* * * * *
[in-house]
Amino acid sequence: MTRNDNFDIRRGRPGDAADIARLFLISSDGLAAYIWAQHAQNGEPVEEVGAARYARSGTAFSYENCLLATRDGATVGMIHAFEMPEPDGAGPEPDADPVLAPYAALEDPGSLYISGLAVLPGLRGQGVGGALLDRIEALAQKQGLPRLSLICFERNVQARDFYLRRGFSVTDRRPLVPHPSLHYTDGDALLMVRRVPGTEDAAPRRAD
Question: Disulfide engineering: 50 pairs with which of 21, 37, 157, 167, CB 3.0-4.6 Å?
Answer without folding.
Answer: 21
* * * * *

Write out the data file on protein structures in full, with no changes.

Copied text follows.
[in-house]
Amino acid sequence: MTRNDNFDIRRGRPGDAADIARLFLISSDGLAAYIWAQHAQNGEPVEEVGAARYARSGTAFSYENCLLATRDGATVGMIHAFEMPEPDGAGPEPDADPVLAPYAALEDPGSLYISGLAVLPGLRGQGVGGALLDRIEALAQKQGLPRLSLICFERNVQARDFYLRRGFSVTDRRPLVPHPSLHYTDGDALLMVRRVPGTEDAAPRRAD
Question: Disulfide engineering: 50 pairs with which of 21, 37, 157, 167, CB 3.0-4.6 Å?
Answer without folding.
Answer: 21